How BIG is Cloud Bigtable?
Lead Developer Advocate, Google
Developer Advocate, Cloud Bigtable
“Building an application that needs low latency and high throughput?”—You need a database that can scale for a large number of reads and writes. Cloud Bigtable is designed to handle just that.
Cloud Bigtable is a fully managed wide-column NoSQL database that scales to petabyte-scale. It's optimized for low latency, large numbers of reads and writes, and maintaining performance at scale. It offers really low latency of the order of single-digit milliseconds. It is an ideal data source for time series and MapReduce-style operations. Bigtable supports the open-source HBase API standard to easily integrate with the Apache ecosystem including HBase, Beam, Hadoop and Spark. It also integrates with Google Cloud ecosystem including Memorystore, BigQuery, Dataproc, Dataflow and more.
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Some Cloud Bigtable Features
- Data is by default encrypted with Google managed encryption keys but, for specific compliance and regulatory requirements if customers need to manage their own keys, customer managed encryption keys (CMEK) are also supported.
- Bigtable backups let you save a copy of a table's schema and data, then restore from the backup to a new table at a later time. Backups can help you recover from application-level data corruption or from operator errors such as accidentally deleting a table.
Scale and High Availability (HA)
How BIG is Bigtable? Bigtable has nearly 10 Exabytes of data under management.
It delivers highly predictable performance that is linearly scalable. Throughput can be adjusted by adding/removing nodes -- each node provides up to 10,000 operations per second (read and write). You can use Bigtable as the storage engine for large-scale, low-latency applications as well as throughput-intensive data processing and analytics. It offers high availability with an SLA of 99.9% for zonal instances. It’s strongly consistent in a single cluster; replication between clusters adds eventual consistency. If you leverage Bigtable’s multi cluster routing across two clusters, the SLA increases to 99.99% and if that routing policy is utilized across clusters in 3 different regions you get a 99.999% uptime SLA.
Replication for Cloud Bigtable enables you to increase the availability and durability of your data by copying it across multiple regions or multiple zones within the same region. To use replication in a Bigtable instance, just create an instance with more than 1 cluster or add clusters to an existing instance. Bigtable supports up to 4 replicated clusters located in Google Cloud zones where Bigtable is available. Placing clusters in different zones or regions enables you to access your data even if one zone or region becomes unavailable. Bigtable treats each cluster in your instance as a primary cluster, so you can perform reads and writes in each cluster. You can also set up your instance so that requests from different types of applications are routed to different clusters. The data and changes to data are synchronized automatically across clusters.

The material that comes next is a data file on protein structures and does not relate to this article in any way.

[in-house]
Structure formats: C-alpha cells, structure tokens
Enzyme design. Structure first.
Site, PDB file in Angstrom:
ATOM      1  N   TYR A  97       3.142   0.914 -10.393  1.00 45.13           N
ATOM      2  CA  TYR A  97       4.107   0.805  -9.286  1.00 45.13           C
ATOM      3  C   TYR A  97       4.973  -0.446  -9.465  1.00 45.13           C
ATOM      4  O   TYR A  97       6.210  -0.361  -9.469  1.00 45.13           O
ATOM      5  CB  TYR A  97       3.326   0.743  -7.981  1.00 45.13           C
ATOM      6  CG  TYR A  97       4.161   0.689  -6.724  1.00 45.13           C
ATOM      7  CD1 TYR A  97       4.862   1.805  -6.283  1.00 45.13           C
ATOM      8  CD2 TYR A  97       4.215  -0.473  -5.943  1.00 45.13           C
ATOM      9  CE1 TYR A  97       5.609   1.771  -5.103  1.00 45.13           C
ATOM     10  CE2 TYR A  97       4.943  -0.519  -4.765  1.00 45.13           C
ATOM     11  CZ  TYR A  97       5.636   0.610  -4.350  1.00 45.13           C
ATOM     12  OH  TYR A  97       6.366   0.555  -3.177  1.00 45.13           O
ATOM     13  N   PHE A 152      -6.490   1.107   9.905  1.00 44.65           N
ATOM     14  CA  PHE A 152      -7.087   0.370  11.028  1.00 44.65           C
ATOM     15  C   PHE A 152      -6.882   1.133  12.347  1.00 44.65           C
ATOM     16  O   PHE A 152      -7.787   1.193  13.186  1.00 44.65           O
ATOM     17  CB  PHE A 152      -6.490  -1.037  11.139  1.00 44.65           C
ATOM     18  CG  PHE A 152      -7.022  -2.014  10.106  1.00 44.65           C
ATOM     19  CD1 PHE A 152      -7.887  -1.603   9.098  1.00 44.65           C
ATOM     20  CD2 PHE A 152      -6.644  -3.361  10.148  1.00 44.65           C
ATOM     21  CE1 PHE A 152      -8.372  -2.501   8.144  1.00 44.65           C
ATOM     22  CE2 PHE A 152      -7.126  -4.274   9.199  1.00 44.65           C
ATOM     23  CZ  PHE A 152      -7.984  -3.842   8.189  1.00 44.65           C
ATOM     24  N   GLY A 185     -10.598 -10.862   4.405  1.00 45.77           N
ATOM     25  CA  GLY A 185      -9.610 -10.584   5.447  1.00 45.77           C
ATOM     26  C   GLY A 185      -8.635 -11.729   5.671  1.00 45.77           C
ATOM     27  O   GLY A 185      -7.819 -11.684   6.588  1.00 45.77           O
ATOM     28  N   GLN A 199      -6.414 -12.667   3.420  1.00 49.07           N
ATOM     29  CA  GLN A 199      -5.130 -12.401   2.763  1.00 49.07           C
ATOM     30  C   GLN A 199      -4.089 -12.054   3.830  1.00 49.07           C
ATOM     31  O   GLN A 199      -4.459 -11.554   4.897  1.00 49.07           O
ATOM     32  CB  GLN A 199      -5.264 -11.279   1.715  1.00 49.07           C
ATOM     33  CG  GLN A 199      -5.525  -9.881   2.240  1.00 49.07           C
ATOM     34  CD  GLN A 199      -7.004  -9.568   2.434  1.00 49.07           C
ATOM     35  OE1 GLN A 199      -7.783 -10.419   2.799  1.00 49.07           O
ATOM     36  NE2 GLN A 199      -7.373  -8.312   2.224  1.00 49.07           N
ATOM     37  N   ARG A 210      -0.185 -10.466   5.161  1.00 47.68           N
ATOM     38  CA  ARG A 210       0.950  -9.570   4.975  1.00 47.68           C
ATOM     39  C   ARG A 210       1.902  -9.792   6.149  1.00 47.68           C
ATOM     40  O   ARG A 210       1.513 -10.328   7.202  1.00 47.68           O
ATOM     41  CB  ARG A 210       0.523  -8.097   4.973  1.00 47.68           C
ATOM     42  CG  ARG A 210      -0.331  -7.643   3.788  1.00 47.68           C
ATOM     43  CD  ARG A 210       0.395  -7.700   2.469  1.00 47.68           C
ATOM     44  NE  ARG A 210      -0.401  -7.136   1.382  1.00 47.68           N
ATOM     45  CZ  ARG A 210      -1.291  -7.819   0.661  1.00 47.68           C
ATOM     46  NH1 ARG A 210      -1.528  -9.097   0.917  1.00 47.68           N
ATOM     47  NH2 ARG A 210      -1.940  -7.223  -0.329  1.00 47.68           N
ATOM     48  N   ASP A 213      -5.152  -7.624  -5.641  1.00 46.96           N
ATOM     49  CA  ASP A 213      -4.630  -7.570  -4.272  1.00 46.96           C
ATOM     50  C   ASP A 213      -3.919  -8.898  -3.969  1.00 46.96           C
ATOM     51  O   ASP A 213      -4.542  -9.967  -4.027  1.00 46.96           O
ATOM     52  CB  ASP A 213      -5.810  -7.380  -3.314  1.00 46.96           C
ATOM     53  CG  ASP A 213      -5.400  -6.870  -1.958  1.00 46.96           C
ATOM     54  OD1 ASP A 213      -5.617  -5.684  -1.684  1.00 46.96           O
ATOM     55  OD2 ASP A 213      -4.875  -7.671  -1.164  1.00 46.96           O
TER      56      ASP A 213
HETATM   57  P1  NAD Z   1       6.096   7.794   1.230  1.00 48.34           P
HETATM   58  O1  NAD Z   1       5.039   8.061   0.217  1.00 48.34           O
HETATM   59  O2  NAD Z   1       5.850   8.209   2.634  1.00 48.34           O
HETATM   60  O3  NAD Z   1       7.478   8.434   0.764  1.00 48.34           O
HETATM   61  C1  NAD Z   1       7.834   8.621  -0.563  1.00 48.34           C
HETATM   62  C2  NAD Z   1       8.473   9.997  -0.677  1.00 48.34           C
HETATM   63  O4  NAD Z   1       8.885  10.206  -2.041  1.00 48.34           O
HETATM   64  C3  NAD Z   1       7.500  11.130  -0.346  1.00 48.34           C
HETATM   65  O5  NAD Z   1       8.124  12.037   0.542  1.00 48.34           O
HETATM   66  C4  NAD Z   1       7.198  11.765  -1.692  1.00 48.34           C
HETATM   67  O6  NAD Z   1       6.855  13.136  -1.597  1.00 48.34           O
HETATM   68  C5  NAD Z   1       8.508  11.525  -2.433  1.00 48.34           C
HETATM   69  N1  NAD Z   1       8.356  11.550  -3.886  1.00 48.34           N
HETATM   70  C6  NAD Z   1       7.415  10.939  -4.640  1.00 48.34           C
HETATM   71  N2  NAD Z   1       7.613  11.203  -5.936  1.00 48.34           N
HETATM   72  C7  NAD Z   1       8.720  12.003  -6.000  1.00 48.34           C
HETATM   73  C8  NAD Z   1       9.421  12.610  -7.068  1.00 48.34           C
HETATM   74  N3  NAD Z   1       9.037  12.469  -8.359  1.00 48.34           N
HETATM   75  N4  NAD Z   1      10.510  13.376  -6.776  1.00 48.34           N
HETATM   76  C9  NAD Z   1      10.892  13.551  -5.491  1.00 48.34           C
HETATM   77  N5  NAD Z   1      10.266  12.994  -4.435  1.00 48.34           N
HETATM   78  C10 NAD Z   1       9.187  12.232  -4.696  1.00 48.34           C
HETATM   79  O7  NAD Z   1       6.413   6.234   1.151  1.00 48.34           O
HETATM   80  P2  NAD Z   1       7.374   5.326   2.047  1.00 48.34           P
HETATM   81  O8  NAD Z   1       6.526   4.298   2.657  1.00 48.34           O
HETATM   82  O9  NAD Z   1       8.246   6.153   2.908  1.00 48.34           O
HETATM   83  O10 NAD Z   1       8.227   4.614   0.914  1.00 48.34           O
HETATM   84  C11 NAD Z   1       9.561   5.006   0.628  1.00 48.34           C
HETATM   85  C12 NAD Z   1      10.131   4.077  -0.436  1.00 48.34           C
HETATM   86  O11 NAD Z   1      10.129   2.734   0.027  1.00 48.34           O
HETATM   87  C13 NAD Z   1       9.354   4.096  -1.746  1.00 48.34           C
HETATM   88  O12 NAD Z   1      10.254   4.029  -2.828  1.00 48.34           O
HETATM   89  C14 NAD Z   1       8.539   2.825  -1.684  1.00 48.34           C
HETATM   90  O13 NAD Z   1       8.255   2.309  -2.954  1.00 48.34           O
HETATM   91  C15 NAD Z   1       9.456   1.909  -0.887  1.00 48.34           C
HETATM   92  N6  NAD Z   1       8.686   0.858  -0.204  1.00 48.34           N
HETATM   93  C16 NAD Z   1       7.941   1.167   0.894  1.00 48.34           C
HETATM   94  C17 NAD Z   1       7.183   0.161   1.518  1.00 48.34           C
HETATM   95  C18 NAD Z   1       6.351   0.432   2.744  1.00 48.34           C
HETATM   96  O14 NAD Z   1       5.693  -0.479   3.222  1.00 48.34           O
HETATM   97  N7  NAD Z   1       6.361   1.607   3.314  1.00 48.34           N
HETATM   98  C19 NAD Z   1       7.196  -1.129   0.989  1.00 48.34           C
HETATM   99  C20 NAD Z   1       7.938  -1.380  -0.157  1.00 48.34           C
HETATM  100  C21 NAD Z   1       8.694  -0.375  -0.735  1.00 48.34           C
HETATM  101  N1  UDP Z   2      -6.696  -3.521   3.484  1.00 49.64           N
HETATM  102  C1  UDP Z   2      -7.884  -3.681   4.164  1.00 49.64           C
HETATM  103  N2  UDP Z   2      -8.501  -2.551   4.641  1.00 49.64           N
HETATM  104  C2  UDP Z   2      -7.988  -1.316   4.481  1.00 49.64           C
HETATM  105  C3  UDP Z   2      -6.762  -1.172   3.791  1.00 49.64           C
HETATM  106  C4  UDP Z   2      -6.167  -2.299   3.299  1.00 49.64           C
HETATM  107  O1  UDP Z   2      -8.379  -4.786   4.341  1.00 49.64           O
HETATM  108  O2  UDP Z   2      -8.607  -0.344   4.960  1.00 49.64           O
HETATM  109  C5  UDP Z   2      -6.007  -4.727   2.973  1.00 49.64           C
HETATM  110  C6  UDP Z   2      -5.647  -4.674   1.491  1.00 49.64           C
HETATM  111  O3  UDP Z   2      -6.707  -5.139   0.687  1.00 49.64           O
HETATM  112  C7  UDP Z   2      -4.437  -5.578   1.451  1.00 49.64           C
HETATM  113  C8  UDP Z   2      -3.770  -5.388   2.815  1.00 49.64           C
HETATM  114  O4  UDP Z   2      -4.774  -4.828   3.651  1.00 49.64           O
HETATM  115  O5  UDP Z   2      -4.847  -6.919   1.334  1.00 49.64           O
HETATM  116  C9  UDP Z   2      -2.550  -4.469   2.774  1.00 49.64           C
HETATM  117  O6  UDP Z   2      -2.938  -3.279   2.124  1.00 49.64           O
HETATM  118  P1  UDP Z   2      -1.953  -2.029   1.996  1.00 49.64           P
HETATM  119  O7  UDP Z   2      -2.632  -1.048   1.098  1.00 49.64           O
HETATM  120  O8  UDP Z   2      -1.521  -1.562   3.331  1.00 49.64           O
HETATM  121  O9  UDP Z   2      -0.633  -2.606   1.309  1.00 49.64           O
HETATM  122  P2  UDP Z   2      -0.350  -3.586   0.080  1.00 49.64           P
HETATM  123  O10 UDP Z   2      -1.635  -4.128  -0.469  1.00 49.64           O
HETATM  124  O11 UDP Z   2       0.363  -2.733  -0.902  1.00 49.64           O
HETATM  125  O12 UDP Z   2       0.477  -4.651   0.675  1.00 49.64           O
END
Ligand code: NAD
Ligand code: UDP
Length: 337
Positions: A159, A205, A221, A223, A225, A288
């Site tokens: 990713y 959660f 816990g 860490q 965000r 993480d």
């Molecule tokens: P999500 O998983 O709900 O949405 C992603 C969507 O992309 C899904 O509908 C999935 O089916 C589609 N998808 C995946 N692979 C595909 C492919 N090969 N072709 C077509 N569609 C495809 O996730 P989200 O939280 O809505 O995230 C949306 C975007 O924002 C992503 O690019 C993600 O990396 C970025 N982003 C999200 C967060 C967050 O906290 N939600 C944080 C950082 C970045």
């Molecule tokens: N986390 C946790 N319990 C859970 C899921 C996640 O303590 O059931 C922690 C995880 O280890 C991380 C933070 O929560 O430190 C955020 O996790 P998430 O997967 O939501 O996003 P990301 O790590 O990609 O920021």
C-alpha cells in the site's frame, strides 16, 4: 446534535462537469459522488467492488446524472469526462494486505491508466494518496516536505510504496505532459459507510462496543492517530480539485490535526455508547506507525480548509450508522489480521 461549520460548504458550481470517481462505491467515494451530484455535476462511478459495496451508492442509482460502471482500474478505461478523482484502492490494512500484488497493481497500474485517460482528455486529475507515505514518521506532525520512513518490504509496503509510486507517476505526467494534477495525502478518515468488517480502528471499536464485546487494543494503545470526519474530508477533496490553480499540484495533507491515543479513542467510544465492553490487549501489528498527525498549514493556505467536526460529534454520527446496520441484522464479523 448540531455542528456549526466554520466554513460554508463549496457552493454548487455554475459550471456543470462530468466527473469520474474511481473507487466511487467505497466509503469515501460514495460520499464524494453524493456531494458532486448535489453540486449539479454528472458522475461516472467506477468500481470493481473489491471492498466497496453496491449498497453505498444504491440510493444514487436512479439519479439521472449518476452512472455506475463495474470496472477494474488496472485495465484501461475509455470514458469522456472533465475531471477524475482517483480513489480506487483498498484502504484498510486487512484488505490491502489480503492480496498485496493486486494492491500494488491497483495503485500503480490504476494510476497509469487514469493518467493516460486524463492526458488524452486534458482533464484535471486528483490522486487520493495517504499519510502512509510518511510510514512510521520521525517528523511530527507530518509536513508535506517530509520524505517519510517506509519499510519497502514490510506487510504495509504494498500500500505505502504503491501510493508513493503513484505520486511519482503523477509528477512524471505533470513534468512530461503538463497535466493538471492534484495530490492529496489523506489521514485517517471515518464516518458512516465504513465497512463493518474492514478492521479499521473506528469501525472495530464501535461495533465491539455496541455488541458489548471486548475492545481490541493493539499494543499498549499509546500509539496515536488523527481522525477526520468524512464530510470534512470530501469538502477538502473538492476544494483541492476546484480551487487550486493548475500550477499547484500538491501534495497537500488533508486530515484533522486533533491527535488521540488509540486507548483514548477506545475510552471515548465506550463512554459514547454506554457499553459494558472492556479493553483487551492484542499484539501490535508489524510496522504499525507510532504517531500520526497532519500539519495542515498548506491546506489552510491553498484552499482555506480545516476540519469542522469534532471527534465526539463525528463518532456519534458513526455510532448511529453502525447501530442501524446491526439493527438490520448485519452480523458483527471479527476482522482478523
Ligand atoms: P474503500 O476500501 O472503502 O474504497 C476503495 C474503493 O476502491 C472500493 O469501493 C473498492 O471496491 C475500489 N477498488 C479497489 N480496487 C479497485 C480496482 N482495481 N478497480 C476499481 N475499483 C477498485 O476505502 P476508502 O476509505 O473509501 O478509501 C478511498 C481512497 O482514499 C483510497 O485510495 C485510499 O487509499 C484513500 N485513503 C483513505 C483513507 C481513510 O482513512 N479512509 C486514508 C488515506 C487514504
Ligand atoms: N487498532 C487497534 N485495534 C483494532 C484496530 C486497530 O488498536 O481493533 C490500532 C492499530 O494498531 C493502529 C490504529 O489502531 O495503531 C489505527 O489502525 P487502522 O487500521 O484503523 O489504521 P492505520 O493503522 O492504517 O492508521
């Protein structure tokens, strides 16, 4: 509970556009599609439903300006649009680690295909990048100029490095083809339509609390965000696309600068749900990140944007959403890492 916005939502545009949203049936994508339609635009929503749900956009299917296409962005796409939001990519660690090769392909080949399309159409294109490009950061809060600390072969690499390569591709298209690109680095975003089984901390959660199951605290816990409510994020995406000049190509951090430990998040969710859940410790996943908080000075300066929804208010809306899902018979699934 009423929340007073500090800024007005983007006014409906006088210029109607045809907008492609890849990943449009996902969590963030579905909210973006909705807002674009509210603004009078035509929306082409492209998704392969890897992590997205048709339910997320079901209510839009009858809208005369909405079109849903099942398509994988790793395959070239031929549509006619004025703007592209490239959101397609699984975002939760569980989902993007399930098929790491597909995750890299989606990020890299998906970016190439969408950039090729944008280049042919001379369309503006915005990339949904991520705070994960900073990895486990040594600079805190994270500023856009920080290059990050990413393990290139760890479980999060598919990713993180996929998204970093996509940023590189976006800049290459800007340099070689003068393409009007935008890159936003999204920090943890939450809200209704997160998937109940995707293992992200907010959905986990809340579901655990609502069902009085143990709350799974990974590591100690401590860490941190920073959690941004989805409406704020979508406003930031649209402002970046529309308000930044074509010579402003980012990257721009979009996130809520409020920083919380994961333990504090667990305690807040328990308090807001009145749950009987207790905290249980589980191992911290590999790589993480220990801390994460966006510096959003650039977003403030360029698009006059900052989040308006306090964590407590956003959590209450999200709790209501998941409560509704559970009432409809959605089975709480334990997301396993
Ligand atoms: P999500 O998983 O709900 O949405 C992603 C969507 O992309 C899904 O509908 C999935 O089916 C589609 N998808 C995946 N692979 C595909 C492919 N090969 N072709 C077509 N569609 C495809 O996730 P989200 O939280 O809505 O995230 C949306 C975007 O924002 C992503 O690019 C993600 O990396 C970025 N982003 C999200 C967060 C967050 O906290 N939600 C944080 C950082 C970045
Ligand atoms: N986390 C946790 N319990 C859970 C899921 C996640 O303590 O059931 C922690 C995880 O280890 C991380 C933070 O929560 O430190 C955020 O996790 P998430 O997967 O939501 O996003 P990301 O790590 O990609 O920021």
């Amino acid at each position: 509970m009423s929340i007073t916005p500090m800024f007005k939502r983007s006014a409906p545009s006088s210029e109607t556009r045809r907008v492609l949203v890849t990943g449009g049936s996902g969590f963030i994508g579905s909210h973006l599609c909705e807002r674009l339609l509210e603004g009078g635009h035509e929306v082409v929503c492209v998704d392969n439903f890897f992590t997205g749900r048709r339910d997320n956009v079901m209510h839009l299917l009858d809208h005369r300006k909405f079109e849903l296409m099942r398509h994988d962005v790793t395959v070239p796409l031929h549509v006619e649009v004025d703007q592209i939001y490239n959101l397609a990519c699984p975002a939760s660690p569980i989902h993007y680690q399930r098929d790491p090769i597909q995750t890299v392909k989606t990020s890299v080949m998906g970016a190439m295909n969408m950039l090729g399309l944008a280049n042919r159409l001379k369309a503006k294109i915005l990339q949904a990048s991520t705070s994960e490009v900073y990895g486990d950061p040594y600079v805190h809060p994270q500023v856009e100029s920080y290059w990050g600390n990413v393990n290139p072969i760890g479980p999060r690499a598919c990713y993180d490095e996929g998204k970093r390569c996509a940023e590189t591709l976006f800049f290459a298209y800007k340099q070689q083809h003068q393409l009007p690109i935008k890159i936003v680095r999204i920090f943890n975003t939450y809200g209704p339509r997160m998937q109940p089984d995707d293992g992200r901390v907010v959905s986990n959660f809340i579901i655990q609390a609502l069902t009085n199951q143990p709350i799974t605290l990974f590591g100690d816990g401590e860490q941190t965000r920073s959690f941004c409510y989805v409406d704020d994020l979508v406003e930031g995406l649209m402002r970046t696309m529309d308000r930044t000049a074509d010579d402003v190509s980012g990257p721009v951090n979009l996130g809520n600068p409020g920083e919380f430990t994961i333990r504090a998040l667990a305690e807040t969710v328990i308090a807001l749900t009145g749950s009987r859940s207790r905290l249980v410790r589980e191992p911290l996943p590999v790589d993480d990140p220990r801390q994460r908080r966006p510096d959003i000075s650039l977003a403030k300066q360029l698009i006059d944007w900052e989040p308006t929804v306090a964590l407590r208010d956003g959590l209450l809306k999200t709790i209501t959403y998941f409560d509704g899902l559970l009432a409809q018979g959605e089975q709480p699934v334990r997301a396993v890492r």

How does it optimize throughput
Through separation of processing and storage, Cloud Bigtable is able to automatically configure throughput by adjusting the association of nodes and data. In the rebalancing example, if Node A is experiencing a heavy load, the routing layer can move some of the traffic to a less heavily loaded node, improving overall performance. Resizing comes into play when a node is added to again ensure a balanced load across nodes, ensuring best overall throughput.
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Choice of app profile and traffic routing can also affect performance. An app profile with multi-cluster routing automatically routes requests to the closest cluster in an instance from the perspective of the application, and the writes are then replicated to the other clusters in the instance. This automatic choice of the shortest distance results in the lowest possible latency. An app profile that uses single-cluster routing can be optimal for certain use cases, like separating workloads or to have read-after-write semantics on a single cluster, but it will not reduce latency in the way multi-cluster routing does.
Replication can improve read throughput, especially when you use multi-cluster routing. And it can reduce read latency by placing your data geographically closer to your users. Write throughput does not increase with replication because write to one cluster must be replicated to all other clusters in the instance. Resulting in each cluster spending the CPU resources to pull changes from the other clusters.